Ireland also has two levels of specialisation. Community ophthalmologists may practise after 4 years' experience and once they have obtained FRCSI. Ophthalmic surgeons complete an identical training to those in the UK. The system works extremely effectively and serves Ireland well.

    Elsewhere in Europe the systems range from 4 years with a moderate amount of surgical experience in Finland to a very protracted period in Denmark, where doctors are limited to working 36 hours a week including periods on call. Often 10 years is needed to obtain sufficient experience, which is very frustrating for junior ophthalmologists. Further south—for example, in Italy, there is no fixed number of trainees and experience may be diluted considerably. In France, trainees rotate between different units that may be widely separated: lack of continuity may be problematic.

    In Austria, subspecialism may begin at the start of training and it is possible for a trainee to be exposed to one area only—for example, oculoplastic surgery, and yet satisfactorily complete training.

    None of the other EU nations, with the possible exception of Ireland, has such well structured training as that in the UK, with the associated controls of both the local deanery and the Royal College of Ophthalmologists' quinquennial inspections. Moreover, few countries have a rigorous examination system and none as demanding as that in the UK or Ireland. The European Board of Ophthalmology (EBO) tried to rectify this by encouraging bright trainees to take the Diploma of the European Board of Ophthalmology but, so far, it has not achieved wide popularity mainly because there is no significant perceived advantage in obtaining it.

    In many ways, the board was addressing the wrong problem. EUPO (an association of European Professors of Ophthalmology) recognised that there were greatly varying standards of teaching throughout Europe. In an effort to begin to address this lack, an annual week long teaching course was established which proved to be hugely popular, attracting as many as 500 or more trainees. However, five days of intensive lectures is no substitute for a year's practical teaching. The EBO encouraged units to achieve minimal standards of good practice broadly in keeping with the Royal College of Ophthalmologists' guidelines for BST (basic specialist training), but as yet only a handful of the approximately 500 departments in the EU have asked to be inspected. European ophthalmology unfortunately lacks any cohesive body that could encourage the development of standards.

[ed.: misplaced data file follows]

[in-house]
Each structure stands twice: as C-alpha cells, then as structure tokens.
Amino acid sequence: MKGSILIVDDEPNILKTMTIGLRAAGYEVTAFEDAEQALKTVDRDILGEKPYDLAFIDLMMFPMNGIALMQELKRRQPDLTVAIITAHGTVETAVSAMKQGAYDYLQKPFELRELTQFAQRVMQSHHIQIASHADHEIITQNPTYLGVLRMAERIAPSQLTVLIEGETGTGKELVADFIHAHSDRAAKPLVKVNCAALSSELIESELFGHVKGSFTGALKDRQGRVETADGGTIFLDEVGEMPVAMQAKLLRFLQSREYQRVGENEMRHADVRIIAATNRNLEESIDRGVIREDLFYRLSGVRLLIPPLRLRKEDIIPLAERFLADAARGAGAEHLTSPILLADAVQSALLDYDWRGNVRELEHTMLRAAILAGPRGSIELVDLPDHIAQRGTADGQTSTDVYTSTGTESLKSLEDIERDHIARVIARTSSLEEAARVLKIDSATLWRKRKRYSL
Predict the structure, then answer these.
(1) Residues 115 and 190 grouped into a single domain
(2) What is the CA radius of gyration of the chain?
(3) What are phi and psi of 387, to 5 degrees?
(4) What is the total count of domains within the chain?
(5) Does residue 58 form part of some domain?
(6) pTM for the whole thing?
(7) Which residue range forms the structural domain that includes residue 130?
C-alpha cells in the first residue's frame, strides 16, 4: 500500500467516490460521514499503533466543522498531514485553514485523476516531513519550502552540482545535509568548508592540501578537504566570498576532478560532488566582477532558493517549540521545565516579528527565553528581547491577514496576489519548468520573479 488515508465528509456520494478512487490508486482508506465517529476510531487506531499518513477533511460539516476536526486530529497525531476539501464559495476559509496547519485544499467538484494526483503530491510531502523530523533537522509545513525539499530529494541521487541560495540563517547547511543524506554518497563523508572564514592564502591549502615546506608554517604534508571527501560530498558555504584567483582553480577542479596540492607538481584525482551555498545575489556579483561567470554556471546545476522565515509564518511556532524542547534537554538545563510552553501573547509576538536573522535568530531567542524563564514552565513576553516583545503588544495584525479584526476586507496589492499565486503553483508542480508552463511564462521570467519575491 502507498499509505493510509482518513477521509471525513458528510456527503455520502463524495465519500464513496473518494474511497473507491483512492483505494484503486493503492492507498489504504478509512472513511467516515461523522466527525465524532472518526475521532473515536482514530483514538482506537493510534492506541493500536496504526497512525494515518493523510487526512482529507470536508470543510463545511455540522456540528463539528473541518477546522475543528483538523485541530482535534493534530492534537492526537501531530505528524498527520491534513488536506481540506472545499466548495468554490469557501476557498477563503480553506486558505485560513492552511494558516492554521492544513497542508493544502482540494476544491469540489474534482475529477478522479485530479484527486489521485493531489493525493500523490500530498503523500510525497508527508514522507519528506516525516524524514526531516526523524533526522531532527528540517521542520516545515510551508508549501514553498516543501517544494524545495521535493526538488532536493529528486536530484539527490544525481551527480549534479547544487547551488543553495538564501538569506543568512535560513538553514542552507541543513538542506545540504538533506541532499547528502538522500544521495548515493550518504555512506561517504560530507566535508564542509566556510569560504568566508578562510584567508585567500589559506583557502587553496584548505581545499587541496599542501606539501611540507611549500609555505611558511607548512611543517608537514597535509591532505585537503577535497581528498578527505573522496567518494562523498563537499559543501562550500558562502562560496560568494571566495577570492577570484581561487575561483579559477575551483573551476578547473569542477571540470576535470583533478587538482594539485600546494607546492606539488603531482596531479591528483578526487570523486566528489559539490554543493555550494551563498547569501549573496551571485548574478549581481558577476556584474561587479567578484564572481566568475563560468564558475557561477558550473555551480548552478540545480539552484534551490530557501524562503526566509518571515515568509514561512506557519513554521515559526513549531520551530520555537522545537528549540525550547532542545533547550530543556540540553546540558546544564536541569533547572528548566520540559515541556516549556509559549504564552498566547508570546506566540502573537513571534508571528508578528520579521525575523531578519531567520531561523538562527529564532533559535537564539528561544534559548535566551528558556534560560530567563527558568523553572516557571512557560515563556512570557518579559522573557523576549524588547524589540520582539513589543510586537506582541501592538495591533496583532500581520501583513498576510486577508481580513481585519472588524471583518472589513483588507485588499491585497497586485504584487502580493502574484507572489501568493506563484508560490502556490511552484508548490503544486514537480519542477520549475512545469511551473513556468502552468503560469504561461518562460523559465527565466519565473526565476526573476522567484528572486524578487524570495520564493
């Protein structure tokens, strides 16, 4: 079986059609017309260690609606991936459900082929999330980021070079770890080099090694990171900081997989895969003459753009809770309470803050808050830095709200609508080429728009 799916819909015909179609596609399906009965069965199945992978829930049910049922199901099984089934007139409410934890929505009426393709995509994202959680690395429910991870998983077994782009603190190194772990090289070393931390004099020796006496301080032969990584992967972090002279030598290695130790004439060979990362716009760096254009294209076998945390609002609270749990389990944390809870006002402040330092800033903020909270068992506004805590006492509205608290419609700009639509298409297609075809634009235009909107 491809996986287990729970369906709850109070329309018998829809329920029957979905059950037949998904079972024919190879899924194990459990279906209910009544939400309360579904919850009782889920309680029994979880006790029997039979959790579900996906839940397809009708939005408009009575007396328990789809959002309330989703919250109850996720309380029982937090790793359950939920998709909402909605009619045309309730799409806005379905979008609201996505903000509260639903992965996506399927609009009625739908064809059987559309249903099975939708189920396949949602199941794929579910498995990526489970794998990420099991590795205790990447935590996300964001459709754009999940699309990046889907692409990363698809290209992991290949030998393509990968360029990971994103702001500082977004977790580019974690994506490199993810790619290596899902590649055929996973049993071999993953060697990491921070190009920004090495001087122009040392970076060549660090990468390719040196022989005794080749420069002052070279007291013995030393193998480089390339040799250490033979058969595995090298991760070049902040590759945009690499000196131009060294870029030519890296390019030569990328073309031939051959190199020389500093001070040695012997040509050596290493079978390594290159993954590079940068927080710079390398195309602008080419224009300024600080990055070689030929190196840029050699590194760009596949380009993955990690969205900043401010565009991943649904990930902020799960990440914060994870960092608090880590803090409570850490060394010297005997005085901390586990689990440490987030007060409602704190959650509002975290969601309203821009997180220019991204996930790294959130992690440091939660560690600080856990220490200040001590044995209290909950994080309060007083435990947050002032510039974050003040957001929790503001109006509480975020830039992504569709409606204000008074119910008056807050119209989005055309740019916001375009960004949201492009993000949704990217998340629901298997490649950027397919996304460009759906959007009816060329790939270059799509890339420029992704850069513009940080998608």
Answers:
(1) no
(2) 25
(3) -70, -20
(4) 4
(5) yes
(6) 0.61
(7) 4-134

In spite of the disparity in training between the UK and Europe, trainees who complete training under their own national regulations and, by virtue of the fact that they are on their own specialist register, are eligible for entry to the British register. It is important that this is recognised and understood by those drawing up job descriptions and by appointment committees if they wish to avoid costly lawsuits by disgruntled European candidates.


    Europe does not lack talent but it does lack a cohesive structure for ophthalmol-ogy that results in a lack of major research funding and a differential delivery of health care throughout the EU. Some of these problems are insoluble inour loose political alliance but manycould at least be improved at a supranational level by greater cooperation and willingness to accept new standards.


    • Series editor: David Taylor